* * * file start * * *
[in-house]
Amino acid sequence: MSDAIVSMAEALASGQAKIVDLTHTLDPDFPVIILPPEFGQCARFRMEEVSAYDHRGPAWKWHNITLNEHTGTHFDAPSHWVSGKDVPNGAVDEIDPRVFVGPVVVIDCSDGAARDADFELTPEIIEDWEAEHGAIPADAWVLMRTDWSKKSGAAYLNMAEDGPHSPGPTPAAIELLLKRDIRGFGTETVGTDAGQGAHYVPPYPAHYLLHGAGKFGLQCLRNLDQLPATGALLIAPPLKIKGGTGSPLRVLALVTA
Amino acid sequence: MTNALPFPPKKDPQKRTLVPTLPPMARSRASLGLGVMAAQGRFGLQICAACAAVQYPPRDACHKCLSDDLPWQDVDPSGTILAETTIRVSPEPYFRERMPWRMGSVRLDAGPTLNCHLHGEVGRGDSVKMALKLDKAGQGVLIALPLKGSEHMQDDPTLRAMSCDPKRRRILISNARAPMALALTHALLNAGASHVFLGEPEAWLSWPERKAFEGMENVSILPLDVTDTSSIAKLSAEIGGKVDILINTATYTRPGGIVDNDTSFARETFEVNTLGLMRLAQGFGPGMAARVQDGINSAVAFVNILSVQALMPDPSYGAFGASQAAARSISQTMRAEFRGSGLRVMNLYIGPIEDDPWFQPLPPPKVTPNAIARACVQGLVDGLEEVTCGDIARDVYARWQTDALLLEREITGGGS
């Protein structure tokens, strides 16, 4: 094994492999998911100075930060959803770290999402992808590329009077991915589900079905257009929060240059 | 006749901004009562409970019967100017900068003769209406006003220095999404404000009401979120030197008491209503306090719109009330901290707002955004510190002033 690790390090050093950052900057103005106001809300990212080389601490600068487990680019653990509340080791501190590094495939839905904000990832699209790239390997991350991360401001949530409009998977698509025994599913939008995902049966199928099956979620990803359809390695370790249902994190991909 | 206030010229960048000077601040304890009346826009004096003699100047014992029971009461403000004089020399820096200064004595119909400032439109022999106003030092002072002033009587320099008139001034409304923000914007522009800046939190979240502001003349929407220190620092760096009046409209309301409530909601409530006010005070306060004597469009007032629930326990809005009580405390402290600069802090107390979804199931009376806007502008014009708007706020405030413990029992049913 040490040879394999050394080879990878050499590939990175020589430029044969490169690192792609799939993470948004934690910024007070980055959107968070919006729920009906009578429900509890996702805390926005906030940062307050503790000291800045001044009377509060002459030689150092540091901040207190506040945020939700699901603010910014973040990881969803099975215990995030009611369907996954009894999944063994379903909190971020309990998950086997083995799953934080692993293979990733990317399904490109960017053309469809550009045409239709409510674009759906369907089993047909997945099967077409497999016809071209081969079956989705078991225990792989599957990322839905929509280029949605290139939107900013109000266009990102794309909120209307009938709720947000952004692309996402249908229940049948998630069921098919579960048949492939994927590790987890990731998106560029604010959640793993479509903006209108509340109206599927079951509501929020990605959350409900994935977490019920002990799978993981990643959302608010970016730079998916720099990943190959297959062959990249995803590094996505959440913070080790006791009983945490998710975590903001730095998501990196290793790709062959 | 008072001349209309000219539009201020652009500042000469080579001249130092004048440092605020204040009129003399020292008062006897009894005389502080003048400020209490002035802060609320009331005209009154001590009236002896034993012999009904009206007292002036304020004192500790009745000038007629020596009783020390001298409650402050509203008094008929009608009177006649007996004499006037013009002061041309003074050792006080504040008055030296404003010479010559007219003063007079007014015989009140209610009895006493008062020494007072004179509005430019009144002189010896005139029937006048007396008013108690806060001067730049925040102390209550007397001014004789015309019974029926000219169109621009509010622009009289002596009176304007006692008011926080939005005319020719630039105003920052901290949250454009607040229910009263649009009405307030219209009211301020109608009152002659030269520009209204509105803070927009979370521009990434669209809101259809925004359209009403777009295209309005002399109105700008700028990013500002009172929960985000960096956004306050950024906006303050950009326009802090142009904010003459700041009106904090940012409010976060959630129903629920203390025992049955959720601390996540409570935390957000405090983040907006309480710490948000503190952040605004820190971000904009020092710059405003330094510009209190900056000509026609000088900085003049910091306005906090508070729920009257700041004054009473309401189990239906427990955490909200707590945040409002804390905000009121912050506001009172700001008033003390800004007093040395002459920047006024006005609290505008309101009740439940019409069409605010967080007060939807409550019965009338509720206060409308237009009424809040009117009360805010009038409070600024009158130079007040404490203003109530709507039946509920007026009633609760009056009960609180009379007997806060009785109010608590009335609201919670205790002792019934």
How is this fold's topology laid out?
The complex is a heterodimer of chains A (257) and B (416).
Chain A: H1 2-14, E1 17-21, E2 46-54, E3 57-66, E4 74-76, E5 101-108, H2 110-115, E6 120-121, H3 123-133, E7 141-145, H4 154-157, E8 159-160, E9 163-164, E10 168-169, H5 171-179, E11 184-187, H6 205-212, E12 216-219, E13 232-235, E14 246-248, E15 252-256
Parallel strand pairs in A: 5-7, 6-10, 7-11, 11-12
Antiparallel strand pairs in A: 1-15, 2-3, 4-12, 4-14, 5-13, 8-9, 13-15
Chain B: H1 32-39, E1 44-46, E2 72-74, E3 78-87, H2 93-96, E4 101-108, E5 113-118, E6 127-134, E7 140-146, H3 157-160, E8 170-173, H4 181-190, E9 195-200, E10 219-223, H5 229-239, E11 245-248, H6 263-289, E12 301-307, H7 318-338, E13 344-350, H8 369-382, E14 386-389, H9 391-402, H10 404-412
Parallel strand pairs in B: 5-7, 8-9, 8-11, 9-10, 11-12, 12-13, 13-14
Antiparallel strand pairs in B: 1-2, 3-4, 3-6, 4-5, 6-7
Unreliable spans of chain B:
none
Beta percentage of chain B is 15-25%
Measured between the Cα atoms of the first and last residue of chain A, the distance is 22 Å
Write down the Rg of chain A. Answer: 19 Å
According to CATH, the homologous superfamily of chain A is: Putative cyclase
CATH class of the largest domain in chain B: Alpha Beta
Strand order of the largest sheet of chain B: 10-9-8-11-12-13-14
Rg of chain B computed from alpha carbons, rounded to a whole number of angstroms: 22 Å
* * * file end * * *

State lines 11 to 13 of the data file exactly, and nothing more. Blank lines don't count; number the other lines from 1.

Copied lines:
Parallel strand pairs in B: 5-7, 8-9, 8-11, 9-10, 11-12, 12-13, 13-14
Antiparallel strand pairs in B: 1-2, 3-4, 3-6, 4-5, 6-7
Unreliable spans of chain B: